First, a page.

As I was walking my dog around Ypsilanti’s 38-acres of depressingly-barren downtown real estate known as Water Street yesterday morning, it occurred to me that it might be fun to pick a day sometime soon and encourage everyone in Ypsilanti to come out and plant sunflower seeds together. And, in a fit of inspiration, I took out my phone, snapped a photo, and sent the following image out to my friends.
Well, the response has been good… So good, in fact, that I’m thinking that I might actually try to coordinate something.
Before we get into the specifics, though, I should probably mention that planting sunflowers on Water Street isn’t a new idea. I think I brought the idea up here on the site several years ago, after reading that sunflowers are known to pull contaminants from soil. As you may recall, I brought the idea up, only to be told that DIY bio-remediation doesn’t really work… I asked my friend Murph to recap the argument, as he’s the one who made it, and here’s what he had to say.
Sunflowers and other phyto generally don’t destroy soil contaminants – they just accumulate them from the soil into the plant matter, which then requires harvesting and disposal as toxic waste. Otherwise, if the plants are left to die and decompose on site, they may make contaminants MORE hazardous, by bringing them up to the surface and increasing the chance of human exposure.
And, he went on to link to an article in FastCompany which referred to DIY sunflower phyto as “fanciful if not downright dangerous.”
Fortunately, though, a lot has changed over the past few years, since the subject was first broached… Most notably, we’ve been able, thanks to our planning department, to secure the funds necessary to conduct significant remediation activities on the parcel, which had been seriously compromised thanks to decades of industrial dumping. (There are still a few areas that are somewhat contaminated, but they could easily be avoided.) So, having to dispose of toxic plant matter shouldn’t be a problem. And, for what it’s worth, guerilla remediation wasn’t my intention to begin with… I just thought that it would be nice if the thousands of people who drove through Ypsilanti each day, as they made their way down Michigan Avenue, weren’t left with the impression that our community is built around an ugly, desolate wasteland.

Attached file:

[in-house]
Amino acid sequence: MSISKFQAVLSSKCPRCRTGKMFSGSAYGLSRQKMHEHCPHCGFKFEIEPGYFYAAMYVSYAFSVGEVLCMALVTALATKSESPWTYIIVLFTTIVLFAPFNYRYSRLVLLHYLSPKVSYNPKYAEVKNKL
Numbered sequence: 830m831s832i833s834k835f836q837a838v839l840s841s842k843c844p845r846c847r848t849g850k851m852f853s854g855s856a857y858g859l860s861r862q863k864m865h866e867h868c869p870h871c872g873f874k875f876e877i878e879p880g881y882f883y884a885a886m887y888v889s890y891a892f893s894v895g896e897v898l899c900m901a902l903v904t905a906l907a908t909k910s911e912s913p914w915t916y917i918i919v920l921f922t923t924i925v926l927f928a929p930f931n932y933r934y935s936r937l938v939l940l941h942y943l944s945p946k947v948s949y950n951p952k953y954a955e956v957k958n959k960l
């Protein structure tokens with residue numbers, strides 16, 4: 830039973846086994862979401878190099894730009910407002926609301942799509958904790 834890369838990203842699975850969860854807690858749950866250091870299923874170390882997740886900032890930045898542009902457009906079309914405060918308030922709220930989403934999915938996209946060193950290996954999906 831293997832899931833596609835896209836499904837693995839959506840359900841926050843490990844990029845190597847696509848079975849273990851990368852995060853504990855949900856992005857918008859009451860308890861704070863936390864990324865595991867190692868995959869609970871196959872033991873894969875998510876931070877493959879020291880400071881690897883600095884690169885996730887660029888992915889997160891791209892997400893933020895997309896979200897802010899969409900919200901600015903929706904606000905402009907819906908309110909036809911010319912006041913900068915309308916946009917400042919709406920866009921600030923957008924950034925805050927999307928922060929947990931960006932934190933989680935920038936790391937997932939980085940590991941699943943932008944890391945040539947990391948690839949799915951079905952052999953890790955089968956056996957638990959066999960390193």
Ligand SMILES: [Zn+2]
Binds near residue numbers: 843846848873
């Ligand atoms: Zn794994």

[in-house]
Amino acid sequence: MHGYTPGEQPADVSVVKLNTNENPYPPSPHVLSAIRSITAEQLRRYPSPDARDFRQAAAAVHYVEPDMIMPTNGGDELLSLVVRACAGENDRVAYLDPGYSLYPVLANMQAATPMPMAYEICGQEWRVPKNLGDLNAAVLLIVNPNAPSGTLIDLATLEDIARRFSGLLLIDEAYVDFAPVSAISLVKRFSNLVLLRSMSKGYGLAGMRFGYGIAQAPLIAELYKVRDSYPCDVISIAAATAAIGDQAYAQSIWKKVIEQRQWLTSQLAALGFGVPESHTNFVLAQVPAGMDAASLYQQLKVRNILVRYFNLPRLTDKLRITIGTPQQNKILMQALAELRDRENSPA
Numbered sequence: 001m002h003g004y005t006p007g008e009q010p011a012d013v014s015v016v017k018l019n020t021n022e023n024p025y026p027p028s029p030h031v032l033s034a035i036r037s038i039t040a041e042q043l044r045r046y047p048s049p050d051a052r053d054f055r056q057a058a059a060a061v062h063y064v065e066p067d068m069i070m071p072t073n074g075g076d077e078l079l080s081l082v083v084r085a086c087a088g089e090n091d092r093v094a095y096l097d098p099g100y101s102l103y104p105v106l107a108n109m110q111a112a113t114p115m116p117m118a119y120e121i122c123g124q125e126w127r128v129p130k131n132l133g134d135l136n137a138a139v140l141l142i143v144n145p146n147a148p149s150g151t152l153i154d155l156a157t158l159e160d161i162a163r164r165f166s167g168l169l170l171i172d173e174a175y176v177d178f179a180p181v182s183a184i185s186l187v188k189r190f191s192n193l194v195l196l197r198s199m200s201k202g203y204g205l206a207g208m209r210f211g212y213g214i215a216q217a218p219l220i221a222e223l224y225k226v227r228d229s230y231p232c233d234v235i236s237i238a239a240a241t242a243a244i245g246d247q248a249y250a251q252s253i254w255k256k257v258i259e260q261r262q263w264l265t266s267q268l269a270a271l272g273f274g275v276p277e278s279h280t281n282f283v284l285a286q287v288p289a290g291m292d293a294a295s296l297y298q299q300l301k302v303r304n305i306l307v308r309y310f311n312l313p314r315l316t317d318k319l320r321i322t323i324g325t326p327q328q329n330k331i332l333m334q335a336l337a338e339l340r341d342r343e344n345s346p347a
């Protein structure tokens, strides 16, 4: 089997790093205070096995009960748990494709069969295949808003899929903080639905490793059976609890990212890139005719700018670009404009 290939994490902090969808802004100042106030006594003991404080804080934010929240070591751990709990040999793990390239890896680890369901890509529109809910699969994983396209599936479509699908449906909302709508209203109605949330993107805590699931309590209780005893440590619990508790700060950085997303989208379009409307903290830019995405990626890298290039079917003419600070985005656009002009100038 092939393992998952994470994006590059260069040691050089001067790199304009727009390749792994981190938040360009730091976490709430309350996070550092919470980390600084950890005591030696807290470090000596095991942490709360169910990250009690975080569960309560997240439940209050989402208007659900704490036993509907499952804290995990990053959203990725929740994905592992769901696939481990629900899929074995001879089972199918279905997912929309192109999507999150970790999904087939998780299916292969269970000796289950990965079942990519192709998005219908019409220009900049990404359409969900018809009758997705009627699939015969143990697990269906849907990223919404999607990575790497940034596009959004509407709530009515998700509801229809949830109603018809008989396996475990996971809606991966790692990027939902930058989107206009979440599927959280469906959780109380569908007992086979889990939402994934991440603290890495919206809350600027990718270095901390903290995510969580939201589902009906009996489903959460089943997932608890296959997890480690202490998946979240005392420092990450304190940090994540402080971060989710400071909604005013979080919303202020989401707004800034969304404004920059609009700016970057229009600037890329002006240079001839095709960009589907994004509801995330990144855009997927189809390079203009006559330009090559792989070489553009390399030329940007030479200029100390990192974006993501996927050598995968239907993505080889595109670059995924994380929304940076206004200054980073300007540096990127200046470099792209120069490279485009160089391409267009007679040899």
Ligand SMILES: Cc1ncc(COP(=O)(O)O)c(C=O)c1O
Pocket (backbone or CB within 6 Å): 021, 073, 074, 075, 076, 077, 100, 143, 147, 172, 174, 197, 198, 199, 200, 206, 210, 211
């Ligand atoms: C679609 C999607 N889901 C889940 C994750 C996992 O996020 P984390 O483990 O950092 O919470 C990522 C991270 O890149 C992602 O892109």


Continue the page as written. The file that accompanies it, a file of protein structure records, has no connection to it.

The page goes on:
And, again, this isn’t anything new, really. I’m sure that I’ve talked with folks about seed bombing Water Street a dozen times over the past ten years. It had never occurred to me until I stood there yesterday, though, that it didn’t have to just be two or three of us scattering a few handfuls of seeds. “What if,” I thought, “we set a time and got one hundred people to commit?” “What if we turned it into a neighborhood party?” And, that’s kind of what I’m thinking now. I’m thinking that we may have a real opportunity not only to bring the space to live visually, but to activate the parcel as a public space. And how better to celebrate the coming of spring than by meeting friends and neighbors outdoors and planting flowers on the commons?
Of course, there are a number of things that would need to be worked out first. Here are my notes on a few of them.
FLOWER TYPE: I’d originally suggested sunflowers, as I think that they’re incredibly beautiful, and feel as though a field of them, all swaying together in the breeze, would make people overwhelmingly happy (at least until they began to rot). My friend Murph, however, feels as though we might want to consider wildflowers instead, as he suspects that some folks might actually complain about sunflowers, due to their height, and demand that they be mowed down by the City. And, of course, I suspect that certain breeds of native flowers would do better in that environment than others. (I’m making a note to call my friend Lisa Waud at Pot & Box, and ask what she’d recommend.)
DEPLOYMENT: I’d originally thought that it would be best to just make holes, drop in seeds, pray for rain, and be done with it. Now, though, I’m thinking that it might be more fun, and more effective, to make seed bombs (clay/compost/seeds), which could either be carefully placed around the property, or launched from afar. (A quick tutorial on making seed bombs can be found here.) I especially like the idea of making seed bombs, as it would allow us to coordinate bomb-making parties across the City in advance of the big event. And, perhaps more importantly, I just think it could be a hell of a lot of fun deploying them. (Maybe it would be too much of a hassle, but I’m imaging lots of slingshots and trebuchets.)
TIMING: Again, I’ll defer to those of you who know more about flowers than I do, but my sense is that we’d want to do this by mid-April.
Will it help us attract a developer to Water Street? Probably not. But I think it could be a good community-bulding opportunity. And, in my opinion, anything that breathes a little life into that piece of land is a good thing… So, if you’re interested in participating, or have thoughts on the specifics, please leave a comment.